In this world there are people who are grass, tree, and cloud. A grass will not be happy as a cloud, and a cloud will not be happy as grass. Figure out what you want to be and go live your life accordingly. Being money rich and time poor is not happiness, neither is rotting on your couch like an old potato. Be thankful that there are people who wake up every day at 8am and go to work, without them you wouldn't have running water from the tap, electricity from the outlet, and airplanes at the airport.
Traditionally, marriage is a cultural product that gave men exclusive sexual access to his wife (or wives or concubines), and assurance that any children born from the union are his. From the women's perspective, marriage means protection of her children's rights under legitimacy law. Up until the 1970s, common law still dictated that only legitimate children could inherit their fathers' estates. Illegitimate children born outside of wedlock wasn't just a social stigma, there are financial consequences for the children later. But times changed, laws changed, and the rest is history. If you get married today, you're more likely to marry into debt instead of assets or dowry.
On subject of mortgages, many people have difficulty seeing their home (roof over head) as a liability. Americans are horrible at saving money, and some justify their mortgage as "savings" by putting equity into their homes, so they can use it for retirement later. Well, if people got 15 year fixed rate loans and paid them off, I'd agree with that statement. But that's not reality. The reality is that most buyers get 30 year loans, refi them after x number of years, and sell their homes and move to another one before paying off the loan. On a 30-year loan, 90% of your payment in year 1 goes toward loan interest to the bank, only ~10% goes toward equity (!). So if you made $10,000 worth of payments to your bank, the bank keeps $9,000 in interst for themselves (of which you get a tax deduction), and only $1,000 goes into the equity in year #1 of a 30-year loan. Does that sound like savings to you?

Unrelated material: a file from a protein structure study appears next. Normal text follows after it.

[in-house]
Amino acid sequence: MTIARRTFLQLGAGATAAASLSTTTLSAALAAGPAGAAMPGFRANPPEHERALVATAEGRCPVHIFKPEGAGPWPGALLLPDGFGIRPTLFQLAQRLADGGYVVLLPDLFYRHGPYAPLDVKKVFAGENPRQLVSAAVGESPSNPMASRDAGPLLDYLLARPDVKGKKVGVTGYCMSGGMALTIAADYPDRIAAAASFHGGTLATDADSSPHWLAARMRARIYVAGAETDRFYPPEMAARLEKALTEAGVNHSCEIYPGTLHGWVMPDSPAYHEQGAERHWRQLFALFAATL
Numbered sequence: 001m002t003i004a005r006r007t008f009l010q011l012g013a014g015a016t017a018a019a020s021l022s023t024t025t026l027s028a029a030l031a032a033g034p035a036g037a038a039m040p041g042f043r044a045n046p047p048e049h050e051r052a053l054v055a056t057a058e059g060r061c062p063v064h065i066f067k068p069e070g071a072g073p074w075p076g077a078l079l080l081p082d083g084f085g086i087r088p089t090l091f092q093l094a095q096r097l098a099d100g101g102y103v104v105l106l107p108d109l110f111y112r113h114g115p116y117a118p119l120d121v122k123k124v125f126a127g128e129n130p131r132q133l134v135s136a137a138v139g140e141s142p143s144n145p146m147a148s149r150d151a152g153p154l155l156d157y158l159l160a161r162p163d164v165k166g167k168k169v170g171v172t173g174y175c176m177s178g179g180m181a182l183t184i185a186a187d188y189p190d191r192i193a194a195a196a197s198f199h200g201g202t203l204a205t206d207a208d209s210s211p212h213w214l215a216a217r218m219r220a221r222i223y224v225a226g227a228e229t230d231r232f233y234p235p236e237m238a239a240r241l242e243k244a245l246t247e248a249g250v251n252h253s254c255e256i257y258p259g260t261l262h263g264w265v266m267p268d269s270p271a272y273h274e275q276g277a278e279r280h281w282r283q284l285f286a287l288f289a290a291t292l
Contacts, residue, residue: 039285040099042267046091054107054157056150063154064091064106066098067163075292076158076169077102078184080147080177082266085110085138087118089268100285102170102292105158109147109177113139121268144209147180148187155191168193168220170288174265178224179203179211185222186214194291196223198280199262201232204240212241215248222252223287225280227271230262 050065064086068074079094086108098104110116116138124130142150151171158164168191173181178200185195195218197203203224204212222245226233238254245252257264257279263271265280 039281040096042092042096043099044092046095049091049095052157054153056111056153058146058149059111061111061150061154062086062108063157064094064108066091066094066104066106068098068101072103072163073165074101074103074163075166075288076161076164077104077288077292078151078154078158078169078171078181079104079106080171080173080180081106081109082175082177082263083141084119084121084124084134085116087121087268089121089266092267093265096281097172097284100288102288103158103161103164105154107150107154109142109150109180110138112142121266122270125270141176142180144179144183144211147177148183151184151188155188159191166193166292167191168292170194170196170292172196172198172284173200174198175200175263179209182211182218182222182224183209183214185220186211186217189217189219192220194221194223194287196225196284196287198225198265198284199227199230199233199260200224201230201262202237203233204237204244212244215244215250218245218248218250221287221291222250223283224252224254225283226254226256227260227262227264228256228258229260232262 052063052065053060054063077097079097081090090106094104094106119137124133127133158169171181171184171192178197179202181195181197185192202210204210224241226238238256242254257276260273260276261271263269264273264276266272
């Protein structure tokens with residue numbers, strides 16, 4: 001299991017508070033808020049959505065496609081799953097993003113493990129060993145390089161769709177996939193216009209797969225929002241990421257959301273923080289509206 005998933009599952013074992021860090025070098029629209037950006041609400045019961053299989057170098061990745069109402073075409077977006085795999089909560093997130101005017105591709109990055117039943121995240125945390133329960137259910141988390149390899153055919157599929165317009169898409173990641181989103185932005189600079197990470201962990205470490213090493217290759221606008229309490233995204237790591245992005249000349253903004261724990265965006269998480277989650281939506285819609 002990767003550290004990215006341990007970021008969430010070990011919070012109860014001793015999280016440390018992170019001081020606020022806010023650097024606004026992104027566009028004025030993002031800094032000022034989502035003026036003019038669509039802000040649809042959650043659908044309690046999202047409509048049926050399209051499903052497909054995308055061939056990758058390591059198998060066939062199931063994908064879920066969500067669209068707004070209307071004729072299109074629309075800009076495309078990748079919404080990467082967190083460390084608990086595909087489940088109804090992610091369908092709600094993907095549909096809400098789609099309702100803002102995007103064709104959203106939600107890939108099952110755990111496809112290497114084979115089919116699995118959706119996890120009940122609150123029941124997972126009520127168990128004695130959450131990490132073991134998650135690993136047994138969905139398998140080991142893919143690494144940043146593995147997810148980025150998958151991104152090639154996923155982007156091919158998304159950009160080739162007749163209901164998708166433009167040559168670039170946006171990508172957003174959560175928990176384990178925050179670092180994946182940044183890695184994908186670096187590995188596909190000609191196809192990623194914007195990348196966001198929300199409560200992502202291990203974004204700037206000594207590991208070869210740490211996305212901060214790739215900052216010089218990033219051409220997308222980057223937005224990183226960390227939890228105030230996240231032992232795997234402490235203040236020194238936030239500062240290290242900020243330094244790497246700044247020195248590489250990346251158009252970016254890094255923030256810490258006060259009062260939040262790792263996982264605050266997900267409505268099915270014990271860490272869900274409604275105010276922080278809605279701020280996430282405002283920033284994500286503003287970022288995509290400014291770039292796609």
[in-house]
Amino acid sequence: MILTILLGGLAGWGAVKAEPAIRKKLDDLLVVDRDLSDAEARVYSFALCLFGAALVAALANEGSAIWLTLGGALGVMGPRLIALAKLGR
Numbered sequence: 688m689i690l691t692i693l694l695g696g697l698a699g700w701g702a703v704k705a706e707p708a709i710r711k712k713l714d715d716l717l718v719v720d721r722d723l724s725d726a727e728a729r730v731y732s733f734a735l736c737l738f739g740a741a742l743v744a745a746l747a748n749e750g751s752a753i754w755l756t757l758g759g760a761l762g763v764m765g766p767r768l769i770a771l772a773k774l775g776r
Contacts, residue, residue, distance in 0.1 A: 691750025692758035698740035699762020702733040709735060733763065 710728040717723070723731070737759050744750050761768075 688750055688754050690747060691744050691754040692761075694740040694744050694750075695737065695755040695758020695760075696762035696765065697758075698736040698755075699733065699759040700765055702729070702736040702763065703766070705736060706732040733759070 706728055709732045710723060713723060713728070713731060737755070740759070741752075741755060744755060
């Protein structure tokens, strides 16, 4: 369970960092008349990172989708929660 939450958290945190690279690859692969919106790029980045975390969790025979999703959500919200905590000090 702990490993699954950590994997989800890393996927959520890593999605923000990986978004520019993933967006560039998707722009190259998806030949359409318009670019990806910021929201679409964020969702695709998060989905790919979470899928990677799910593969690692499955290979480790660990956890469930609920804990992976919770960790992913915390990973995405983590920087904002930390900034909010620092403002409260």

If you follow Robert Kiyosaki's cash flow ideology, most material things that cost $ are liabilities, and only those generating a profit are assets. So your home with a mortgage cost you money and is a liability, vs an investment property that generates positive cashflow is an asset. Mortgages can be a tool toward passive income, but only if you buy a cash-flow positive investment property. If you bought a house with 30-year loan & monthly payment of $700, and was able to rent the house out for $1,200 per month, you're doing well. Over time the rent will go up, but your 30-year fixed rate loan payment will stay the same.
The first condo that I bought more than 10 years ago has a 30-year fixied rate loan payment of $980/month (P+I), back in 2001 I rented it out to a tenant for $1250/month. Today in 2011, I can rent the condo out for $1500-$1,600/month. However, factoring in property taxes, property management fees, HOA fees (>$200/mo), etc., it's still not a very profitable purchase. I've learned since and the properties that I buy today are all SFR's with no HOA or very low HOA (~$50/mo), and much better cash flow.
Back during the RE bubble era, it was difficult to impossible for many to save enough to afford property. But the market as crash and is still going down. Today older 3/2 SFR's in California along the I-15 can be had in the low $100,000's. If you work hard in the US and save $, you can afford to buy such properties for investment. It's far less risky than giving your life savings to your friends with get-rich-quick (TM) schemes. It's difficult to make sufficient RE passive cashflow in the US to offset all your expenses IF you live in expensive areas like Southern CA or Paris -- it's much harder to secure a mortgage from the bank today than before. But your passive income comes in handy supplementing your regular income, and if you choose to move to a cheaper place, you can probably exit the rat race early and retire.
On question of ethics as a property investor, you should not forget that you're profiting at the expense of others on something that is fundamental to living -- shelter. Someone else is working hard M-F 8am-5pm and sending you a rent check every month, while you sit on your ass playing video games. Be nice to your tenant and know that it cost more to get a new tenant than the small sum you might gain from raising rent -- raise the rent upfront with a new tenant and not the existing one if possible.
As an investor, you can also have a positive role in the local community by purchasing fixer uppers and rehabilitating properties.